By Jeff Pearlman
May 01, 2009

Once, not all that long ago, they were baseball's dual kingpins. Ken Griffey Jr., the elder statesman by six years, would dominate the majors, then naturally -- and gracefully -- hand over his title of the era's greatest player to Alex Rodriguez, his Seattle Mariner teammate of the mid-to-late 1990s.

When one spoke of Junior, he spoke of A-Rod. When one spoke of A-Rod, he spoke of Junior. They were the otherworldly Mariners, linked by power, speed, grace, guts and numbers. So what if the superstars didn't much care for one another? If Griffey thought Rodriguez to be too cocky? If Rodriguez thought Griffey to be too aloof? They were bonded by production and, by God, the production was awfully good.

And now, in the year 2009, Griffey and Rodriguez are linked once again, this time as two men facing the undeniable fade-to-black conclusions to their careers. Oh, we could easily dismiss Griffey's return to Seattle, which some say has been corrupted by numbers (.200, two home runs, five RBIs), reminiscent of Willie Mays' final futile season as an overmatched, overweight Metropolitan. Yet that would be a clichéd reaction, naive to the fact that in a game tainted by lies atop lies, Junior is bidding farewell as an honest-to-goodness ambassador; as a man who -- Please, dear God, let this be true. Please -- became a legend without the assistance of a needle or an under-the-radar bag of pills and creams.

Junior has declined because (gasp!) it is what aging, non-HGH-using homo sapiens do. We gain weight. Our hair grays. Our reaction time slows. Bill Rodgers, the three-time New York City Marathon champion, now covers 26.2 miles in a pedestrian three-and-a-half hours. Dominique Wilkins, "the Human Highlight Film," can no longer grab rim. Fernando Valenzuela's screwball travels, oh, 50 mph. Their legacies, however, are secure because we remember what they once were and appreciate the authenticity that gift-wrapped the entire package.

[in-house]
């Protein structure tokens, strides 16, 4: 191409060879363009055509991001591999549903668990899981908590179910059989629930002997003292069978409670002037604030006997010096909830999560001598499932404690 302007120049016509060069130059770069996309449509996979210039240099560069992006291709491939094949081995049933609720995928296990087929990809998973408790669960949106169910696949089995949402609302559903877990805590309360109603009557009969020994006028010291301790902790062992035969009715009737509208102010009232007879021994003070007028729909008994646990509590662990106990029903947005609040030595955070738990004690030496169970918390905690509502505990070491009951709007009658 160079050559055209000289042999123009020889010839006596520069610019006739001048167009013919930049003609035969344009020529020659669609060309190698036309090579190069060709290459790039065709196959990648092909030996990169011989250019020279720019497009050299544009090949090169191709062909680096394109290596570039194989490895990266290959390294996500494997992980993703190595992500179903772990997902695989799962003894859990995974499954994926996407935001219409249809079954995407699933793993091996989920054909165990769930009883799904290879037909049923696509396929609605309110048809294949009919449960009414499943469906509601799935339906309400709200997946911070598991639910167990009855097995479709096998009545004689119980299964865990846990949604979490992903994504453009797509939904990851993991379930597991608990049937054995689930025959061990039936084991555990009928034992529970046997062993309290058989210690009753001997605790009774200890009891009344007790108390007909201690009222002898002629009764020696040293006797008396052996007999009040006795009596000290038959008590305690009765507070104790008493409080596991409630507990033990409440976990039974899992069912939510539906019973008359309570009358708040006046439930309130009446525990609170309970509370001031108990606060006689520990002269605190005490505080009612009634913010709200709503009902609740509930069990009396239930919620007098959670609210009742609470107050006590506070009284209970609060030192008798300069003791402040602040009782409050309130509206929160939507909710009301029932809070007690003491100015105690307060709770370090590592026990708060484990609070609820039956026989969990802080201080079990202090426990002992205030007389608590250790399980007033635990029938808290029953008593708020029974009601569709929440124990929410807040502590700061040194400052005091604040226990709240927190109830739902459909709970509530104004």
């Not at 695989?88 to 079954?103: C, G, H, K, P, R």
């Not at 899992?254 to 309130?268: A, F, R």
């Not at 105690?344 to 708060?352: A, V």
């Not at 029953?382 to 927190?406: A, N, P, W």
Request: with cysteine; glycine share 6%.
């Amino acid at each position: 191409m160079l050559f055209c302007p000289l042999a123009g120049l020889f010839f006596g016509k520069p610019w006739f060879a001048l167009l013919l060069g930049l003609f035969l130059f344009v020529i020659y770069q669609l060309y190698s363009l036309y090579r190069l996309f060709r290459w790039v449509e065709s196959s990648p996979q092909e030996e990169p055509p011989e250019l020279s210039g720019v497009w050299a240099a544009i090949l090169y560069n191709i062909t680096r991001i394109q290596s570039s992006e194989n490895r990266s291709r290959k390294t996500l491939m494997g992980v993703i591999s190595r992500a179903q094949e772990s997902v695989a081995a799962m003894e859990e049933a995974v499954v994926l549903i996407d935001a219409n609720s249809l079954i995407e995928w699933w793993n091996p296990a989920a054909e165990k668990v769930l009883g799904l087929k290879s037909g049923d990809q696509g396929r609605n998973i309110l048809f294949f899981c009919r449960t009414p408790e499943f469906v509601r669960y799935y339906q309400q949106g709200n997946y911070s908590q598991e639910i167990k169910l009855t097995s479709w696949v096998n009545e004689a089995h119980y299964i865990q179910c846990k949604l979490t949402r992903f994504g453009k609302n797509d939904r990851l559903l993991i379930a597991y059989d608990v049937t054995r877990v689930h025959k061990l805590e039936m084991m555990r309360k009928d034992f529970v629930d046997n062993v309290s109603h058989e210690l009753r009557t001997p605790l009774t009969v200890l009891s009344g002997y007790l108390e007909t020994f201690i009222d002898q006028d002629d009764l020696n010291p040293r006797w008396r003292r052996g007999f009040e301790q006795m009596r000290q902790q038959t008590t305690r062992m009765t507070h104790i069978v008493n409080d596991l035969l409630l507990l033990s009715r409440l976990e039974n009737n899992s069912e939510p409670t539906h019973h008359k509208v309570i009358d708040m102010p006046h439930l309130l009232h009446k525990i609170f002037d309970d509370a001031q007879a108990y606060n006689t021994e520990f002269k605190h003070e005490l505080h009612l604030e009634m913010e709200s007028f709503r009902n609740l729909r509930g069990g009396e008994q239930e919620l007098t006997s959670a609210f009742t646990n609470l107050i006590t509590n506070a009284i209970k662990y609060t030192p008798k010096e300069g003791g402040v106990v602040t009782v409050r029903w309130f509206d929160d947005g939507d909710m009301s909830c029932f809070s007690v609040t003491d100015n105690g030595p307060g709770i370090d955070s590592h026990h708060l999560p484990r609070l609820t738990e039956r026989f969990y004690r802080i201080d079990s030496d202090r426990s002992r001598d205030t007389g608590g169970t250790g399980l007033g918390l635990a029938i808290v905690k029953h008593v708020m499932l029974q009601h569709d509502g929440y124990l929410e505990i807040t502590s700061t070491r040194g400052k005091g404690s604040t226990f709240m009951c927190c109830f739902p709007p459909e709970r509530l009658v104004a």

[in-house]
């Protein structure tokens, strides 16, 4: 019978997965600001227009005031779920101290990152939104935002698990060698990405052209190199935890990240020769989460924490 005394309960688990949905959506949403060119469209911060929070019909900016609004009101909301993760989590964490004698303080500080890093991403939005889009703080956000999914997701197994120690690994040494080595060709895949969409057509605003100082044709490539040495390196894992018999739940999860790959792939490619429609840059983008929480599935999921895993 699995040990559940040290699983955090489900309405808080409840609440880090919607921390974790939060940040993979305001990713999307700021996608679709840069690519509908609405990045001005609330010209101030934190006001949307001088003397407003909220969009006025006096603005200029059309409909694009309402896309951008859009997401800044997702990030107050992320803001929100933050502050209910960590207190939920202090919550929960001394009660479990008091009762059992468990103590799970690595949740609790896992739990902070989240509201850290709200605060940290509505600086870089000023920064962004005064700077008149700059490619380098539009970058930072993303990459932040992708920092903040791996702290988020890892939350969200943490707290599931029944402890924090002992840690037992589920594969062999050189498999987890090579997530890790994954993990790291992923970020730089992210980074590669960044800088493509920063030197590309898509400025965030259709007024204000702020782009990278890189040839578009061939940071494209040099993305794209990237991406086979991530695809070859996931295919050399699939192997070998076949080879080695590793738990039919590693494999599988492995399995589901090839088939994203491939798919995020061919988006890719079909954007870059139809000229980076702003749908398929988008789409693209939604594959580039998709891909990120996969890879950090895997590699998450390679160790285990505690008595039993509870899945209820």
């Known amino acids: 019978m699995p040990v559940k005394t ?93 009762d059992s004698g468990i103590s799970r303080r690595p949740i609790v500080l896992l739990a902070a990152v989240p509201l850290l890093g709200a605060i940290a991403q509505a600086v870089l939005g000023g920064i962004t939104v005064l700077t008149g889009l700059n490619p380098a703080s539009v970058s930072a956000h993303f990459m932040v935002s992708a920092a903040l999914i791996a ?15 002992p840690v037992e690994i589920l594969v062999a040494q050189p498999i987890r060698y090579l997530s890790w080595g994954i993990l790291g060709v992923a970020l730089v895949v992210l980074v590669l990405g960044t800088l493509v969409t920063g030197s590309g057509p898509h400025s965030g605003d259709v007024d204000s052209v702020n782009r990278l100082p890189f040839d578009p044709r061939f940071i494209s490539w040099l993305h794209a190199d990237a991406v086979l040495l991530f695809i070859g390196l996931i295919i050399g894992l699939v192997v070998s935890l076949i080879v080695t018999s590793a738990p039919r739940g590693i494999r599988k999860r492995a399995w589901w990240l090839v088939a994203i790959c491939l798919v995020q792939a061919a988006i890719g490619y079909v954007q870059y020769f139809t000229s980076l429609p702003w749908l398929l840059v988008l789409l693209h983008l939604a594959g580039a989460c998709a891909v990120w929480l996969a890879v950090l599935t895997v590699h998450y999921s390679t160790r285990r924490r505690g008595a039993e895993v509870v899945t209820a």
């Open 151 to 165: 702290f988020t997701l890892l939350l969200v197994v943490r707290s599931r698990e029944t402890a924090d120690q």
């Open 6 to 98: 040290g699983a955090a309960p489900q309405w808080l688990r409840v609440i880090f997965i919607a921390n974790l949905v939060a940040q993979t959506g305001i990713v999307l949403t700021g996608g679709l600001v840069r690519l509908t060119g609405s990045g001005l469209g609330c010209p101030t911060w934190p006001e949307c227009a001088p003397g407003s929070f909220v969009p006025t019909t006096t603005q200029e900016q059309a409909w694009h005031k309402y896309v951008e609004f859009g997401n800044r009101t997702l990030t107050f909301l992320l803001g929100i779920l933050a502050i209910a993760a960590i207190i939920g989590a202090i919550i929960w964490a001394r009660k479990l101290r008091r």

In the case of Rodriguez, however, there is no gift wrap. He is fading to black because (as opposed to Griffey) the skills haven't abandoned the man -- the man has abandoned the skills. At 34 and preparing to return from the disabled list, Rodriguez is still one of the game's two or three most-feared hitters. And yet, whether he plays for another season or another decade, Rodriguez is done. Finished. Kaput. Over. Gary Coleman.

According to the material leaked from Selena Roberts' new book, A-Rod: The Many Lives of Alex Rodriguez, he is not merely a liar, a fraud and an egoist, but a cheater of the first degree, whose remorseful "confession" during spring training was little more than a well-choreographed one-man interpretation of Justin Timberlake's Cry Me a River. Turns out A-Rod might have been using steroids since high school, and that he was involved with HGH after becoming a Yankee. In other words, like Mark McGwire and Barry Bonds before him, the glowing awe that once accompanied Rodriguez has -- poof! -- vanished.

Less than a year ago, people were not merely speculating how many career home runs he would hit (800? 850? 900? 950?), but also how his name atop the all-time list would return Aaron-esque decency to a record book poisoned by Bonds' regrettable presence. Rodriguez was the Brad Pitt of baseball -- the pretty boy with chops who could carry a big-budget adventure through the summer.

Now, with the latest revelations, the comparison to Pitt seems ludicrous. Instead, Rodriguez brings to mind a slightly different fabled theatrical figure -- one who, 20 years ago, took America by storm. At the time, we fell in love with Spuds MacKenzie because the bull terrier brought spark and pizzazz to the otherwise mundane world of beer advertising. He was cute and funny and talented and engrossing.

Then, we learned the truth. Spuds, a lady-killer in ads, was actually a girl. Her real name was Honey Tree Evil Eye, and she didn't even like beer.

Turns out, ol' Spuds MacKenzie was nothing special after all.

Just another dog.

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